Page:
The most pressing issue confronting feminism and the arts is the deeply entrenched power imbalance within the field, which is inevitably tied to gender. This imbalance is pervasive, and it is reflected not only in museum leadership—where only thirty percent of the largest museums are run by women—but also in major permanent collections, where only three–five percent of total artworks are created by women. The imbalance’s effect goes beyond demographics and representation. It divides allies, blames victims, nurtures prejudice, and encourages people to turn a blind eye to inappropriate or malicious behaviour. In its mildest form, it frames our perception of work, of institutions, and of each other. In its most insidious, it rationalizes and excuses abuse and exploitation.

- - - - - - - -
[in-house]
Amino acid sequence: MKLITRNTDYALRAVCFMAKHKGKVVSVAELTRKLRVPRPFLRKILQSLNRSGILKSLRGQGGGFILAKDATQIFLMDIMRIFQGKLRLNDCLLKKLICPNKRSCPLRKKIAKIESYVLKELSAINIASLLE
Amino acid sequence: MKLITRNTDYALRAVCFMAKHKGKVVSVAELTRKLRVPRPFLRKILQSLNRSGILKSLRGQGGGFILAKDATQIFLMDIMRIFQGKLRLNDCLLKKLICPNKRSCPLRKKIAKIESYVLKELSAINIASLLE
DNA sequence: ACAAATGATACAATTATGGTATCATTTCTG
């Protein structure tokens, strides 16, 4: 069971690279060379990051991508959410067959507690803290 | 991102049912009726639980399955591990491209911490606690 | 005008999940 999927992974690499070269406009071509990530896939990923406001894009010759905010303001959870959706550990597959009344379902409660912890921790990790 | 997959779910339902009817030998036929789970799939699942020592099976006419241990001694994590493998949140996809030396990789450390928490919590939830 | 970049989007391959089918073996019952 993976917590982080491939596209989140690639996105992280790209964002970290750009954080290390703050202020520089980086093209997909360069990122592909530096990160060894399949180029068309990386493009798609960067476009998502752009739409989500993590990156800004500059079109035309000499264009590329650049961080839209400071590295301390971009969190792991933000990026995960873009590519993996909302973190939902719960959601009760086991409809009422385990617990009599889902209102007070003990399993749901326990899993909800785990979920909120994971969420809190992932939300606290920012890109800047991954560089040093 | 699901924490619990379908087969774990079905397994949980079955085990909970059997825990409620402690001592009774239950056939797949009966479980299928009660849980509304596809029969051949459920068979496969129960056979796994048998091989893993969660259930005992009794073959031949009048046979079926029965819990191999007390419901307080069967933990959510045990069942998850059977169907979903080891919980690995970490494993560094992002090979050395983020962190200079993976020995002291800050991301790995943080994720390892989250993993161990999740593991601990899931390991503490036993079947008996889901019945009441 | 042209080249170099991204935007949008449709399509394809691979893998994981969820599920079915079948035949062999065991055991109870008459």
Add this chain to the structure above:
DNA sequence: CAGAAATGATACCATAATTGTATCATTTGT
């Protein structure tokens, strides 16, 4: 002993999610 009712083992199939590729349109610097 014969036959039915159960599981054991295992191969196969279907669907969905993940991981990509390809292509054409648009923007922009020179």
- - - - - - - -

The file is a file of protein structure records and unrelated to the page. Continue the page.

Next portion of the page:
Maike Hemmers, artist, MFA in Art Praxis at the Dutch Art Institute
In my opinion, the “single” most urgent issue the art community is facing today is the tendency of feminism (or any opposition) to become a singularity. What do we miss when we form a closed off unit that wants to change a whole outside of itself? As a feminist in my personal, small, and leftist art community it seems most important to reach outside of my own space and into the differences. Which are the spaces that can change the whole? Do they occur inside feminist headquarters or out on the streets and in houses not our own? And how to align with one identity when we are all complex and changing beings? Is there a way to escape limiting terms and constructs while still wanting to change something so tangible as the results of patriarchal, racist and capitalist structures? Asking plenty of questions and answering them variously might be a start to escaping the singularity of a pressing concern.

Sunita Nigam, PhD candidate at McGill University in Performance Studies